Other World Computing (OWC) today unveiled two times faster flash storage upgrades for the DIYers who want to avoid paying Apple’s exorbitant prices and instead upgrade the SSD themselves without being pushed into purchasing a whole new computer.

OWC’s new Aura Pro X2 SSDs come in capacities up to 2TB and are up to twice as fast as the stock SSD in older Macs, resulting in theoretical data transfer rates of up to 3.1 gigabytes per second when reading data and write speeds up to 2.3 gigabytes per second.

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Such performance is possible with the latest Mac notebooks out of the box, but Aurora is bringing these read and write speeds to older machines dating as far back as 2013.

Replacing an SSD is often all that’s required to breathe a new lease of life into your Mac—especially if it’s an older model with a hard drive or worn-out flash storage. Best of all, it can be done in under 10 minutes by following OWC’s step-by-step instructions.

Upgrading an SSD is the best way to extend an older Mac’s lifespan

If you’re going to be editing 4K video, recording podcasts, developing apps or running other resource-heavy tasks, you’re definitely going to need snappy SSD for smooth operation. We spent some hands-on time with OWC’s older Aura Pro PCI-e drop-in SSD upgrade kits released there years ago so be sure to check out that article and watch the video review that I’ve embedded below for our quick step-by-step installation guide.

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OWC says these SSDs runs cooler and consumes less power, even at double the speed, which helps prolong your notebook’s battery life. Aura Pro X2 is compatible with most 2013 to 2017 model year Macs, including MacBook Air (mid-2013 to 2017), Retina MacBook Pros (late-2013 to mid-2015), the current 2013 Mac Pro model and the late-2014 Mac mini.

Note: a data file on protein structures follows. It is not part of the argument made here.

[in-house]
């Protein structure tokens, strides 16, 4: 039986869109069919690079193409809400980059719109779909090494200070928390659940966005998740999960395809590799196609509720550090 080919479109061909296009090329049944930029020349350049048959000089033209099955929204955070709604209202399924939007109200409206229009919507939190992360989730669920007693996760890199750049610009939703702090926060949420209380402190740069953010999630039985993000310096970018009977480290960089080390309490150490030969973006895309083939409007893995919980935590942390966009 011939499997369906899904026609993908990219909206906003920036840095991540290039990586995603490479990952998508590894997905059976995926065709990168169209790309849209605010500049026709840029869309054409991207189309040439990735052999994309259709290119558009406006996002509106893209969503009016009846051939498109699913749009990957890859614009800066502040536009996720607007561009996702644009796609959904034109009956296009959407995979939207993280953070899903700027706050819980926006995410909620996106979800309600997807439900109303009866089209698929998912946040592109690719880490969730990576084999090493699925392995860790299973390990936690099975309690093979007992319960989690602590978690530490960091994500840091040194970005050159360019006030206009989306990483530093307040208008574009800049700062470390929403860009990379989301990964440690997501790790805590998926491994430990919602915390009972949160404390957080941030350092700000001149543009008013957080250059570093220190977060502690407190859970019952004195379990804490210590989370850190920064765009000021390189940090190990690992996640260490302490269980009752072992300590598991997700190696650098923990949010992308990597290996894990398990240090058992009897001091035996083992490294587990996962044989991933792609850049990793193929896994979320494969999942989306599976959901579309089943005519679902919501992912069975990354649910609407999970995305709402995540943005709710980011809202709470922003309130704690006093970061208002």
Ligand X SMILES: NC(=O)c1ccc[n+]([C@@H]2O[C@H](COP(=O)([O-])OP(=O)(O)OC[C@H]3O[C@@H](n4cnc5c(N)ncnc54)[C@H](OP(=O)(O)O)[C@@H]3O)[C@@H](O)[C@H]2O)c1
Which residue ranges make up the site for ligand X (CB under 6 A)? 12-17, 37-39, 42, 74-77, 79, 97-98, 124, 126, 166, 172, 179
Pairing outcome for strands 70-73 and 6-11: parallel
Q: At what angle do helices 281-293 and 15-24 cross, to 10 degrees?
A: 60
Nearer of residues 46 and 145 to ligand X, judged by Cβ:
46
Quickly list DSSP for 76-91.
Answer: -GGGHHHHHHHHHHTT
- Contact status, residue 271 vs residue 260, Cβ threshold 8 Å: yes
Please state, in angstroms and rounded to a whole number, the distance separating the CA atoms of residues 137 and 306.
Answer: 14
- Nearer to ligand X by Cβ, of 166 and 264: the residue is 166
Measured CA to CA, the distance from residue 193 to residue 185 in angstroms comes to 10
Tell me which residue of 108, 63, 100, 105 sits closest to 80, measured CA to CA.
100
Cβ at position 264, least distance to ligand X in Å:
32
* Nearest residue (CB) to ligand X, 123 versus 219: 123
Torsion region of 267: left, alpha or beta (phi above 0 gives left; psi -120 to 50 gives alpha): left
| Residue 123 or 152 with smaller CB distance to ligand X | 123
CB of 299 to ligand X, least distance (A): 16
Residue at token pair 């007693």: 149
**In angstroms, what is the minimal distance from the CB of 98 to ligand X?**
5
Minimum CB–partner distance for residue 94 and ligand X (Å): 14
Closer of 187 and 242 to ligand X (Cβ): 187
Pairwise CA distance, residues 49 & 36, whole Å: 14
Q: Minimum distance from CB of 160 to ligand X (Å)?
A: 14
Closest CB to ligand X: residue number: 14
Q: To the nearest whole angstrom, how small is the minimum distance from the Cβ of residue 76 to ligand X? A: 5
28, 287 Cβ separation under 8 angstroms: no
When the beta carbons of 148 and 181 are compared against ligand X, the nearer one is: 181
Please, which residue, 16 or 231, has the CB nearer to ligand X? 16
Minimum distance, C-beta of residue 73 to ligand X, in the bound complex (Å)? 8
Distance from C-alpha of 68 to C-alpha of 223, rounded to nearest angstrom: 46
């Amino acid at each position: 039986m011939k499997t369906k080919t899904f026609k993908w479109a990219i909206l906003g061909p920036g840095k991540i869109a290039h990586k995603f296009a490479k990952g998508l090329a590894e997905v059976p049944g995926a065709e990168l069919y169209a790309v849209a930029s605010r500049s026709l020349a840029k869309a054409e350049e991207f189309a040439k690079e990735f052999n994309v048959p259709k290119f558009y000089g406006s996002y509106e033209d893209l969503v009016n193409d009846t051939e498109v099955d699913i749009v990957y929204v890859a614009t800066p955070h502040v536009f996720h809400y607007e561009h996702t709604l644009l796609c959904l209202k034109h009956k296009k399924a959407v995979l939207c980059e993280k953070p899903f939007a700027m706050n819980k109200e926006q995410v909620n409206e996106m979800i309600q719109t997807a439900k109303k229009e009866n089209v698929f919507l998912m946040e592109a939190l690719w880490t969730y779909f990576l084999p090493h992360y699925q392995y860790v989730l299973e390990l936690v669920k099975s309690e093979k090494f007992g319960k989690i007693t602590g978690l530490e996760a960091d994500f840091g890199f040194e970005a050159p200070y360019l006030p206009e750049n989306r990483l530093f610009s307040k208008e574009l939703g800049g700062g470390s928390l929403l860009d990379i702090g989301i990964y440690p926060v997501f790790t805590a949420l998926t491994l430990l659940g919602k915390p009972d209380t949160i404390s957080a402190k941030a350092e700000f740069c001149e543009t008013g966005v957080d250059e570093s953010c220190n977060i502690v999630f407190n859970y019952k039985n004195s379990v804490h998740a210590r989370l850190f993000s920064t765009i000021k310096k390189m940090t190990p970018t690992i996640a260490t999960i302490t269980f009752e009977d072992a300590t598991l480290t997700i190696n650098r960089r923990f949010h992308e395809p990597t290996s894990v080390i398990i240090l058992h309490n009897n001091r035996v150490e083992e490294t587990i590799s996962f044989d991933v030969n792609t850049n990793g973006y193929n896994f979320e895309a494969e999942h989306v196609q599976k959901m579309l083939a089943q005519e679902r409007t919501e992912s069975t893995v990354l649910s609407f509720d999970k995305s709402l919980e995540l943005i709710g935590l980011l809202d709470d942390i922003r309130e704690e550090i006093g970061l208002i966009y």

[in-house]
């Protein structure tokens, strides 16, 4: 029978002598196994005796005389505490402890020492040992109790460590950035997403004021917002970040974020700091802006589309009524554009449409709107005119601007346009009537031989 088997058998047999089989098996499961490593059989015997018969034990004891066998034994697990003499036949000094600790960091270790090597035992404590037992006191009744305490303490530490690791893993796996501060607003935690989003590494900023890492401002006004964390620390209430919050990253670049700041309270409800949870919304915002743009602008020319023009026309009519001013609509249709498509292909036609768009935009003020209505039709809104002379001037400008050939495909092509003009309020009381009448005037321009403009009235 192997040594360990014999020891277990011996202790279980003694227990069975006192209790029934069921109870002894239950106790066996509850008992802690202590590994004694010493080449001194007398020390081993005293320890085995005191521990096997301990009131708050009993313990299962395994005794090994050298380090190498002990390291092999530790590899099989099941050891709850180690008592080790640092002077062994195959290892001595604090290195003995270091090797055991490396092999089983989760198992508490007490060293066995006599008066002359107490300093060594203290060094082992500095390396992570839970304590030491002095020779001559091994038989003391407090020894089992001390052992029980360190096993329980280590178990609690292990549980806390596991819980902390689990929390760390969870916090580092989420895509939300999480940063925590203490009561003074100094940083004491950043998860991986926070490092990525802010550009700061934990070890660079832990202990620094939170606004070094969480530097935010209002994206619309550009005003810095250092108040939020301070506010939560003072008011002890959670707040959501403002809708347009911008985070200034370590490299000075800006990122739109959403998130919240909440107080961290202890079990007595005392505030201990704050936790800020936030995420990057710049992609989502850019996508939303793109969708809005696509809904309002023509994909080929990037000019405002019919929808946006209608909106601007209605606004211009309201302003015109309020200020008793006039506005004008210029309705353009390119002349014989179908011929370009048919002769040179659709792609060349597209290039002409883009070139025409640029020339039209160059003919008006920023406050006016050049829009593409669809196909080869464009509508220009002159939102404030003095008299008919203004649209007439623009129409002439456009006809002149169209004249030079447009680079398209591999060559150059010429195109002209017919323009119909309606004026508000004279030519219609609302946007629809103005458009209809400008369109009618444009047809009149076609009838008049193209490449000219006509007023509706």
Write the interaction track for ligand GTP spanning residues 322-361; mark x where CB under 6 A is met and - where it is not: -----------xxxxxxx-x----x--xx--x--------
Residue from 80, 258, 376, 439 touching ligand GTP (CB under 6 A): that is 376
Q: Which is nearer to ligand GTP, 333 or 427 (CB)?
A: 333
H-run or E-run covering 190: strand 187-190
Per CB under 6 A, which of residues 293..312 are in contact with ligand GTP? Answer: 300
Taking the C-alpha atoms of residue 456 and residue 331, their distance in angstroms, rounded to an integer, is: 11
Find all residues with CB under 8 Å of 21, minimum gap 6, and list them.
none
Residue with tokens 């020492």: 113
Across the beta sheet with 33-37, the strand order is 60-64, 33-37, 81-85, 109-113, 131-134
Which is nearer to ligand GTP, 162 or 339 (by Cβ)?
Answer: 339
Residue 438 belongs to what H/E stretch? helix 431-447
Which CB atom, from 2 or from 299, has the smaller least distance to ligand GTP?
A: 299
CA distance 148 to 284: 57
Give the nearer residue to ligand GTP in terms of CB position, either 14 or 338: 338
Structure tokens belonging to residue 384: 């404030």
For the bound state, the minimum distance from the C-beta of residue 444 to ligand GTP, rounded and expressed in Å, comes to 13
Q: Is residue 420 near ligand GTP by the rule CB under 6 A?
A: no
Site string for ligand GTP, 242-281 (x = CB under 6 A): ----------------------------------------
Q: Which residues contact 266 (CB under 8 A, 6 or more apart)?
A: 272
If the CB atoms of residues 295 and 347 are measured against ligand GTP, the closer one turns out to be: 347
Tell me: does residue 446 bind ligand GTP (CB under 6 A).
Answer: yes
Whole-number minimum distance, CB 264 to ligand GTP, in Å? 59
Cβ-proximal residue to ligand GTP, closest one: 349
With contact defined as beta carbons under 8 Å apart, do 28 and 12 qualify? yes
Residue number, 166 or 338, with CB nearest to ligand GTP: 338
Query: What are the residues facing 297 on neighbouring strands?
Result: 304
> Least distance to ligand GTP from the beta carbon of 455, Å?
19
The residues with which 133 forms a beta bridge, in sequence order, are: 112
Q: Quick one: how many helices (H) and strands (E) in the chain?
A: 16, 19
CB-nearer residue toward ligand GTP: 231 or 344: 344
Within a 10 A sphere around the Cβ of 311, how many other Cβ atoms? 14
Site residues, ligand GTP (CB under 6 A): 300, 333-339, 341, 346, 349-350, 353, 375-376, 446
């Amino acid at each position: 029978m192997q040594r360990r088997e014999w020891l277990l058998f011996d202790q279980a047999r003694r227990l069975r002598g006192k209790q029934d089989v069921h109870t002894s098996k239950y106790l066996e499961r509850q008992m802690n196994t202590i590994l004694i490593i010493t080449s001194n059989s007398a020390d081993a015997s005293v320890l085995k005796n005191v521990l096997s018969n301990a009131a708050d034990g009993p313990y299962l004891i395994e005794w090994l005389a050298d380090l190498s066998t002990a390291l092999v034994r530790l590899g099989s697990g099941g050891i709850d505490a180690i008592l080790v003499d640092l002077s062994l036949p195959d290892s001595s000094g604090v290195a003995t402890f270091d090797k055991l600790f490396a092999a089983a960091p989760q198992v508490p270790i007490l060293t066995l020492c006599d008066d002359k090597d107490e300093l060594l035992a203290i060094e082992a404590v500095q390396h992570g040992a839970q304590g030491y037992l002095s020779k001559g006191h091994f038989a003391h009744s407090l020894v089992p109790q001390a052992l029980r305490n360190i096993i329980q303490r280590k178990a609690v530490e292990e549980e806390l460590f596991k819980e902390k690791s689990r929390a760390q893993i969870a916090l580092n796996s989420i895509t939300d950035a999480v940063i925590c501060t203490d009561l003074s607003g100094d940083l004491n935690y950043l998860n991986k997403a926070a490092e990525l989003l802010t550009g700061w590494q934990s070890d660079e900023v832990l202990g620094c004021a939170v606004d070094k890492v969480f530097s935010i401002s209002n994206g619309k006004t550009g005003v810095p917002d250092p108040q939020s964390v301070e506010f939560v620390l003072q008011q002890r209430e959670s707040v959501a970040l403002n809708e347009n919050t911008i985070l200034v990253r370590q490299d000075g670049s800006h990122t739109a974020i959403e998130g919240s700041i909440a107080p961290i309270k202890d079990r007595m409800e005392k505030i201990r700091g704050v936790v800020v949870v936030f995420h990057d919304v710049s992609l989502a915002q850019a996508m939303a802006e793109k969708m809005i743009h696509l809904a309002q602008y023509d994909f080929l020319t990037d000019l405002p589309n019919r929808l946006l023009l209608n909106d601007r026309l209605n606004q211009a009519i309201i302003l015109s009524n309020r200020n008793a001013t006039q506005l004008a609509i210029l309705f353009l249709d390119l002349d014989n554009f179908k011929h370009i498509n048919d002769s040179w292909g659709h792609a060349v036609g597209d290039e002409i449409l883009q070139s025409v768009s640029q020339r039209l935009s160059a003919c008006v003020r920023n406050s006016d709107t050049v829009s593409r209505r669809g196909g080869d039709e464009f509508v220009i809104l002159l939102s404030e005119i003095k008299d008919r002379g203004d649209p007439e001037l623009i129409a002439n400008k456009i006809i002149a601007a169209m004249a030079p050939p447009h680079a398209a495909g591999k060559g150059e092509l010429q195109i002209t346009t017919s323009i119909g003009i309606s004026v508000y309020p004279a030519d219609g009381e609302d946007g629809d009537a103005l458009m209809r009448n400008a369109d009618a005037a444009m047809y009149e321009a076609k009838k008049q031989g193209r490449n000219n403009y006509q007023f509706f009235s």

OWC’s SSDs bring this kind of performance to most 2013 to 2017 model year Macs

The Aura Aura Pro X2 SSD can be purchased standalone or as part of upgrade kits that include an aluminum enclosure so you can turn the notebook’s stock SSD into a fast USB 3 external drive for transferring large files between computers, booting into Windows 10 or another operating system, backups and so forth.

OWC’s SSDs come with a 5-year limited warranty and are available in 240GB, 480GB, 1TB and 2TB capacities in exchange for $120, $180, $300 and $700, respectively. For an even better feel of OWC’s affordable prices, consider for a moment that Apple charges nearly twice as much to get your $2,400 15-inch MacBook Pro from the stock 256GB SSD to two terabytes.

Here is the price comparison (SSD-only upgrades without enclosures):

They’re also offering a trade-in rebate on your original SSDs, whether they’re OWC or Apple-branded, as long as they are in working condition.